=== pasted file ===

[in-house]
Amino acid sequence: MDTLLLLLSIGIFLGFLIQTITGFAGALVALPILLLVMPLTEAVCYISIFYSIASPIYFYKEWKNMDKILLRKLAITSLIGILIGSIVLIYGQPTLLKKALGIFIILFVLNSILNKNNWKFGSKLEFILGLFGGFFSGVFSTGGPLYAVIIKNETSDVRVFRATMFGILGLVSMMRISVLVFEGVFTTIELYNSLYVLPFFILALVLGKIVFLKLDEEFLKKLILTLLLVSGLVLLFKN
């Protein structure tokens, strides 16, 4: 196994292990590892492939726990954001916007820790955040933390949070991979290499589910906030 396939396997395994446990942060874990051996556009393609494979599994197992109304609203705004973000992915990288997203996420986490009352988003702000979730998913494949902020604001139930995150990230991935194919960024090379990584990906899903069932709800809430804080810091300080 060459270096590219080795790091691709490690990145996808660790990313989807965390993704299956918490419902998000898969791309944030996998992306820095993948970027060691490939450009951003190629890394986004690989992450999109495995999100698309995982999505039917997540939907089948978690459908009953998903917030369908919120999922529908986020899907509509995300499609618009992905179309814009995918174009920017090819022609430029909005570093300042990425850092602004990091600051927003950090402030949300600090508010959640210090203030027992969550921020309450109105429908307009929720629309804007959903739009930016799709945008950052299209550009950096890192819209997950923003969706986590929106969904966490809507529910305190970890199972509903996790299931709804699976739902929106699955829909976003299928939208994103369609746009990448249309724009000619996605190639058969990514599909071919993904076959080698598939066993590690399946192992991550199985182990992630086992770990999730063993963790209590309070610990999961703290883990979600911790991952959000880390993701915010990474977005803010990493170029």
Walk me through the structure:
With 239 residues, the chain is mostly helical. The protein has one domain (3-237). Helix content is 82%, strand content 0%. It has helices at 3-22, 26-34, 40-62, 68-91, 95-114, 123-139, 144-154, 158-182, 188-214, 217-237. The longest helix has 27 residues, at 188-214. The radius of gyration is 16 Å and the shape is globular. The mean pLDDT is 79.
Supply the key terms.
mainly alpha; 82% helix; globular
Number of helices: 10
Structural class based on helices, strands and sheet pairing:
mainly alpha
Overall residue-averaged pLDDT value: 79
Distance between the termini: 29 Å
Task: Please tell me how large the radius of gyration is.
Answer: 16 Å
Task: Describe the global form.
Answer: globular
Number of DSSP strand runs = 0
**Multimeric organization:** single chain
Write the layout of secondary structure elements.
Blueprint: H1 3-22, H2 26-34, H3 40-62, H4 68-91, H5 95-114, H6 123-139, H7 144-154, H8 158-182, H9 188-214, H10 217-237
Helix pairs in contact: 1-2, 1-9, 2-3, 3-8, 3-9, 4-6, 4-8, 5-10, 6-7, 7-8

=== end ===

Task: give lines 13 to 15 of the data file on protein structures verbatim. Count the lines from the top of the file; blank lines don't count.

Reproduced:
Task: Please tell me how large the radius of gyration is.
Answer: 16 Å
Task: Describe the global form.